The chambers 14 and 15 are provided with ports 20 and 21, respectively, which lead directly to the interior of the vehicle conveyor tube 22. The tube 22 consists of the transparent tube 23 and the tube section provided at the pumping station 1 by the moulded tube sections or halves 24 and 25. The tube half 25 provides a mount for the one-way valve means, consisting of the spaced oneway valves 26 and 27, and the exhaust valve 28 and intake valve 30.

The one-way valves 26 and 27 are identical and are hinged at the bottom and maintained in an upright closed position by means of the counterweights 31. Both one-way valves open in the same direction as indicated by the arrows.

Adjacent valves 26 and 27 are clearance recesses 32 and 33, respectively, which permit the valves to open sufiiciently wide to pass the toy vehicle 34. The intake valve 30 is a clack valve which lies on the bottom of recess 32 and is hinged as indicated at 35. When the open ends 36 and 37 of the transparent tube sections 23 are mated and joined, the valve 30 operates to supply air to the system on demand of the pump.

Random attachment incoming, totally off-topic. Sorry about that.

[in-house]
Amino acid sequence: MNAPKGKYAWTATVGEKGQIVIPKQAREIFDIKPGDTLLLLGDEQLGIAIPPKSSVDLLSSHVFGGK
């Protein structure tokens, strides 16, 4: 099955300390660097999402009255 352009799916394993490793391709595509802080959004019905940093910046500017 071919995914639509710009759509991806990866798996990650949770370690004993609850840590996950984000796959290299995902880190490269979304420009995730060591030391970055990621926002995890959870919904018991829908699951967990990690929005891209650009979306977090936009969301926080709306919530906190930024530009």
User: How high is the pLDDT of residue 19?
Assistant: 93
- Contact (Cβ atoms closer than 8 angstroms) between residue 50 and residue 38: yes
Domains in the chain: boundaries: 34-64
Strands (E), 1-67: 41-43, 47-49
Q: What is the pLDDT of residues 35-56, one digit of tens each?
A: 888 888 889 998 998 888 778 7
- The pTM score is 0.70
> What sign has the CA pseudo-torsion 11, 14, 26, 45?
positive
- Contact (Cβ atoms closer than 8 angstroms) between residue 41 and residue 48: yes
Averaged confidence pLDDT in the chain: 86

The exhaust valve 28 is hinged to the bottom of the recess 33 as indicated at 38 and is counterweighted by the weight 40 to maintain the exhaust port 40 normally closed. When tube ends 36 and 37 are joined to form a closed loop, valve 28 exhausts air from the system on the demand of the pump.